Niagara Gazette — The road's not even gone yet and some are already talking about building on the land where it sits.
I'm speaking, of course, of the Robert Moses Parkway — the four-lane, Niagara Gorge-front highway that has divided this end of Niagara County for years.
During a press conference last week where officials discussed the three remaining alternatives for the controversial stretch of road, some officials said they wouldn't mind letting private interests have a crack at the land once removal from downtown to Findlay Drive moves forward.
With all due respect, that's the last thing the city needs.
It's taken years and more knock-down, drag-out arguments than I care to remember to get state parks to the point where it has finally agreed to get rid of at least part of the parkway's northern section.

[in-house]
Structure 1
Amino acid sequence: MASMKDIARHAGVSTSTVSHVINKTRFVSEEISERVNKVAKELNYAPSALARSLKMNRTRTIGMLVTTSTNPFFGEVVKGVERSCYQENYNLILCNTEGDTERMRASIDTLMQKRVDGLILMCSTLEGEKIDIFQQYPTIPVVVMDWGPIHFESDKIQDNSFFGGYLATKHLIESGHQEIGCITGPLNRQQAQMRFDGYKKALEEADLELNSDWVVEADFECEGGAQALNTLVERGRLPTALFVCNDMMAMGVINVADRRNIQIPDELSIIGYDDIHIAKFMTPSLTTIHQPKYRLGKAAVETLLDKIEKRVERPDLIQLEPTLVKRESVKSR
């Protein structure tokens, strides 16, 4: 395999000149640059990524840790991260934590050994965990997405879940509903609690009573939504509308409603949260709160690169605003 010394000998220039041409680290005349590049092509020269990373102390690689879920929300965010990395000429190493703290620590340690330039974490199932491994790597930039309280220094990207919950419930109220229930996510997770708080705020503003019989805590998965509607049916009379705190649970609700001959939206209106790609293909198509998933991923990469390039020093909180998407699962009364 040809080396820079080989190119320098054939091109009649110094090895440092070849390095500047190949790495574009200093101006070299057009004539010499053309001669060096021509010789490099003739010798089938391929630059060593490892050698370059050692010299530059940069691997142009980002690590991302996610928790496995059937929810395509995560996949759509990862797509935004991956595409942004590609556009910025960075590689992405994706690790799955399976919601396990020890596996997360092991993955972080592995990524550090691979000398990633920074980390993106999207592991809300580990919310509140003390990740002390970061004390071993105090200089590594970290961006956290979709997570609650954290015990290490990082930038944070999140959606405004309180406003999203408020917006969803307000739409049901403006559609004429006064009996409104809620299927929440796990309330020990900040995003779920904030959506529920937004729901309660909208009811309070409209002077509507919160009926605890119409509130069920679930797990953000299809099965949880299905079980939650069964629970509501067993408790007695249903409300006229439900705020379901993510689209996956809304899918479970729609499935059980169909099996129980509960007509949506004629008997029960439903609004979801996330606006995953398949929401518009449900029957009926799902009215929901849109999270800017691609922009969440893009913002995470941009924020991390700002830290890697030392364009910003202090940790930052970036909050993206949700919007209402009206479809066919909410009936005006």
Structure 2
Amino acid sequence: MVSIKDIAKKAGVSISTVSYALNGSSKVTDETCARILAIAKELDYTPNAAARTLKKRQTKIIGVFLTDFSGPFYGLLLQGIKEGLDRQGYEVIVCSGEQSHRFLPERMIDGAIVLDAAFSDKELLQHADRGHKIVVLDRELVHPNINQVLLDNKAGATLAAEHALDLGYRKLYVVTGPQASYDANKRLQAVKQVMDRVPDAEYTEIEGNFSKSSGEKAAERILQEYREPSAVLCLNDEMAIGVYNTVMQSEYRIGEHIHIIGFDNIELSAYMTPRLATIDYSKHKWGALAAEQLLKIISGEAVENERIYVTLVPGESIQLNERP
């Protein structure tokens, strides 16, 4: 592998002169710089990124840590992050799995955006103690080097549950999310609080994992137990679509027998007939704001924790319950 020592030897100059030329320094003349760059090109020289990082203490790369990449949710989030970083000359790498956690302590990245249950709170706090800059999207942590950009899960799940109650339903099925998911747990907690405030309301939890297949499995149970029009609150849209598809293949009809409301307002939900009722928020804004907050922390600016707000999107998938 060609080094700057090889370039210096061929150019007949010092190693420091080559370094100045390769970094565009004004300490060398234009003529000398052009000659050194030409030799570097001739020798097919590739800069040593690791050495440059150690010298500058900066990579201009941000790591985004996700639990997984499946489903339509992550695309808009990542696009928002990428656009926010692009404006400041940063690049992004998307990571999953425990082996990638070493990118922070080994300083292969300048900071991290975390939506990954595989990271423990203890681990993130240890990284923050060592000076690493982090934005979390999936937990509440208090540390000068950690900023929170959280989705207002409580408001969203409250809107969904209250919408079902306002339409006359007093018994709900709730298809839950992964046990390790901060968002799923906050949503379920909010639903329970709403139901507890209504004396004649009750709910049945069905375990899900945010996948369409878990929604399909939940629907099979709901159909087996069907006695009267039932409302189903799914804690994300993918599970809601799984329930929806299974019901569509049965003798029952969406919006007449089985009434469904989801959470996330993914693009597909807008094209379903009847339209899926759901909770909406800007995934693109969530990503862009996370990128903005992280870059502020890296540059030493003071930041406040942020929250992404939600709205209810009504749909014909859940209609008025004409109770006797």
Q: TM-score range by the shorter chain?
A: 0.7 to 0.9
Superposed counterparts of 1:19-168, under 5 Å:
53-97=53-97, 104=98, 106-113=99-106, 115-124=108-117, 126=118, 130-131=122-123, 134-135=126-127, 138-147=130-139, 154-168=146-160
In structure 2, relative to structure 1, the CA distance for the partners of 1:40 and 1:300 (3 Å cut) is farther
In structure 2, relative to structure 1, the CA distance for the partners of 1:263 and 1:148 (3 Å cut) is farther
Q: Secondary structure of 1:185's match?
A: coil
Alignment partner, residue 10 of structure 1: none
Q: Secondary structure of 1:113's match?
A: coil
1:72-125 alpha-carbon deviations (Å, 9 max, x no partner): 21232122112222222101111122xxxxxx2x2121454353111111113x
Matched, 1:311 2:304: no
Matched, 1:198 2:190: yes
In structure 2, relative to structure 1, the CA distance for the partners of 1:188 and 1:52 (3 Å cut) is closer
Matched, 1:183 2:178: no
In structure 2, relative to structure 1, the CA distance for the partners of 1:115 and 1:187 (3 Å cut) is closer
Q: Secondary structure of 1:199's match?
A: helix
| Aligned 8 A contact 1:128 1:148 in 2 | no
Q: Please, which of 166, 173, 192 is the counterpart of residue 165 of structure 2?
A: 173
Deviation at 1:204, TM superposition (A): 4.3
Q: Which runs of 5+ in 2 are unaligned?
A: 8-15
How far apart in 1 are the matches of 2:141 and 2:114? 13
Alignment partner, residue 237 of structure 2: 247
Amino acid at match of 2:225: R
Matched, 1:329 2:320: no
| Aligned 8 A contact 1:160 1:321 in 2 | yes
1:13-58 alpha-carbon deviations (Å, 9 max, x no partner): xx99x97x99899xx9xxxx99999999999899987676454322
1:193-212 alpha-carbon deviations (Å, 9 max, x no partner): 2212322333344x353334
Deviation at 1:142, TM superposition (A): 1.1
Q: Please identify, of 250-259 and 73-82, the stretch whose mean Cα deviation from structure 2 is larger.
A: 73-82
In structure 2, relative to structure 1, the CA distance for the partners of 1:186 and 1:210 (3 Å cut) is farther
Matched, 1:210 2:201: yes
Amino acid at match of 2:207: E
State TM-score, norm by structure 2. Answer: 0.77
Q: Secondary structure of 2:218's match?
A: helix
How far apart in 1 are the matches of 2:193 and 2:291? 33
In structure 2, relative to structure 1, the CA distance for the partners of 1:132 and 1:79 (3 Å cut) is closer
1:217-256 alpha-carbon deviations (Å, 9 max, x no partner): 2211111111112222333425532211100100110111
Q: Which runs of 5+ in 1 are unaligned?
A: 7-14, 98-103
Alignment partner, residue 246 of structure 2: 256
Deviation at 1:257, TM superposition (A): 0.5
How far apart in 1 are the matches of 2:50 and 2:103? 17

The "compromise" solution, while not satisfactory to the pro-environment, anti-parkway faction, does represent — finally, after all these years — some semblance of progress in the age-old tug-of-road.
For those who think the soon-to-be-parkway-less area would make for prime development real estate, think back to why the push for removal got started in the first place.
Tearing out four lanes of highway next to one of the great natural gifts in all the world gained traction mainly because most people in their right minds not named Robert Moses would never have built a four-lane highway next to one of the great natural gifts in all the world in the first place.
Replacing all the concrete that's there now with more concrete — the vertical kind — would defeat the purpose.
Canada has skyscrapers obstructing its gorge view.
That doesn't mean we should attempt to follow its lead.
Our side should be the place where the visitors come to not only see the Falls, but experience the natural setting surrounding it.